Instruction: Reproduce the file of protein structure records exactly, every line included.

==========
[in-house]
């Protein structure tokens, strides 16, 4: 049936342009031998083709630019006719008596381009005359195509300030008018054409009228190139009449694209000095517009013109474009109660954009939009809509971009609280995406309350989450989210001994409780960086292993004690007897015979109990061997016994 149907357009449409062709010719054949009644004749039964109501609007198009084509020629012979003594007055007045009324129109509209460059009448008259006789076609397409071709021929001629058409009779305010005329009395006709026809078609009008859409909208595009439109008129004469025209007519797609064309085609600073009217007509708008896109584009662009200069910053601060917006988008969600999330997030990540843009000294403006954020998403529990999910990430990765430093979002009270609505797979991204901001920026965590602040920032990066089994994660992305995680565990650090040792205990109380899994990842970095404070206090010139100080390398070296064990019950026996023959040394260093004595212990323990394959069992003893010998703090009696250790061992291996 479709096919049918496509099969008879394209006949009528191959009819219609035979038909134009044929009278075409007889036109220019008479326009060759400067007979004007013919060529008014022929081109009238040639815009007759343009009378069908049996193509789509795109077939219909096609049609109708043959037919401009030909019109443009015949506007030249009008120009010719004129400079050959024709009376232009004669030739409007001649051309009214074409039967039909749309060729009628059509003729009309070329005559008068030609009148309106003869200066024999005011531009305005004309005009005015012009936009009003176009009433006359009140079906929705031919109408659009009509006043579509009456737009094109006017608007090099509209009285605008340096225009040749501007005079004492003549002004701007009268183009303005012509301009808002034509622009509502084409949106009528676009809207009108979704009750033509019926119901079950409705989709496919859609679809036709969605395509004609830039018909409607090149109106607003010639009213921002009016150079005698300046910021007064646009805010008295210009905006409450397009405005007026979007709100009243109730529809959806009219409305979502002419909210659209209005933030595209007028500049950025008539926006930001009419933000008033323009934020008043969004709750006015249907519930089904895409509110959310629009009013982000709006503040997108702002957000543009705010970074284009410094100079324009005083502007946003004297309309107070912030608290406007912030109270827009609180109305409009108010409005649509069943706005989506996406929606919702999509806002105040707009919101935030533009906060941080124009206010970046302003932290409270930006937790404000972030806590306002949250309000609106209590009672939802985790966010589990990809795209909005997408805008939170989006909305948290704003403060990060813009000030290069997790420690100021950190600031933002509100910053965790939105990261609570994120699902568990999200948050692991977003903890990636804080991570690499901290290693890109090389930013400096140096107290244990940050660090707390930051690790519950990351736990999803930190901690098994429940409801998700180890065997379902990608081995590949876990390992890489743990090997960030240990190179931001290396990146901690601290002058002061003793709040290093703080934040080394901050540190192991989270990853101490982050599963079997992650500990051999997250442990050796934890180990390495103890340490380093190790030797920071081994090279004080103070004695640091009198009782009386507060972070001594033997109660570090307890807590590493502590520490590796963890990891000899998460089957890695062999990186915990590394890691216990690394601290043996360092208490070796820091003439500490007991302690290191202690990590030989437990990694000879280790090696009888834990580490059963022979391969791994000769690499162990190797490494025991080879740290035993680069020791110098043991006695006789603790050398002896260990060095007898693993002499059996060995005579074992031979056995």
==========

[in-house]
């Protein structure tokens, strides 16, 4: 049936342009031998083709630019006719008596381009005359195509300030008018054409009228190139009449694209000095517009013109474009109660954009939009809509971009609280995406309350989450989210001994409780960086292993004690007897015979109990061997016994 149907357009449409062709010719054949009644004749039964109501609007198009084509020629012979003594007055007045009324129109509209460059009448008259006789076609397409071709021929001629058409009779305010005329009395006709026809078609009008859409909208595009439109008129004469025209007519797609064309085609600073009217007509708008896109584009662009200069910053601060917006988008969600999330997030990540843009000294403006954020998403529990999910990430990765430093979002009270609505797979991204901001920026965590602040920032990066089994994660992305995680565990650090040792205990109380899994990842970095404070206090010139100080390398070296064990019950026996023959040394260093004595212990323990394959069992003893010998703090009696250790061992291996 479709096919049918496509099969008879394209006949009528191959009819219609035979038909134009044929009278075409007889036109220019008479326009060759400067007979004007013919060529008014022929081109009238040639815009007759343009009378069908049996193509789509795109077939219909096609049609109708043959037919401009030909019109443009015949506007030249009008120009010719004129400079050959024709009376232009004669030739409007001649051309009214074409039967039909749309060729009628059509003729009309070329005559008068030609009148309106003869200066024999005011531009305005004309005009005015012009936009009003176009009433006359009140079906929705031919109408659009009509006043579509009456737009094109006017608007090099509209009285605008340096225009040749501007005079004492003549002004701007009268183009303005012509301009808002034509622009509502084409949106009528676009809207009108979704009750033509019926119901079950409705989709496919859609679809036709969605395509004609830039018909409607090149109106607003010639009213921002009016150079005698300046910021007064646009805010008295210009905006409450397009405005007026979007709100009243109730529809959806009219409305979502002419909210659209209005933030595209007028500049950025008539926006930001009419933000008033323009934020008043969004709750006015249907519930089904895409509110959310629009009013982000709006503040997108702002957000543009705010970074284009410094100079324009005083502007946003004297309309107070912030608290406007912030109270827009609180109305409009108010409005649509069943706005989506996406929606919702999509806002105040707009919101935030533009906060941080124009206010970046302003932290409270930006937790404000972030806590306002949250309000609106209590009672939802985790966010589990990809795209909005997408805008939170989006909305948290704003403060990060813009000030290069997790420690100021950190600031933002509100910053965790939105990261609570994120699902568990999200948050692991977003903890990636804080991570690499901290290693890109090389930013400096140096107290244990940050660090707390930051690790519950990351736990999803930190901690098994429940409801998700180890065997379902990608081995590949876990390992890489743990090997960030240990190179931001290396990146901690601290002058002061003793709040290093703080934040080394901050540190192991989270990853101490982050599963079997992650500990051999997250442990050796934890180990390495103890340490380093190790030797920071081994090279004080103070004695640091009198009782009386507060972070001594033997109660570090307890807590590493502590520490590796963890990891000899998460089957890695062999990186915990590394890691216990690394601290043996360092208490070796820091003439500490007991302690290191202690990590030989437990990694000879280790090696009888834990580490059963022979391969791994000769690499162990190797490494025991080879740290035993680069020791110098043991006695006789603790050398002896260990060095007898693993002499059996060995005579074992031979056995």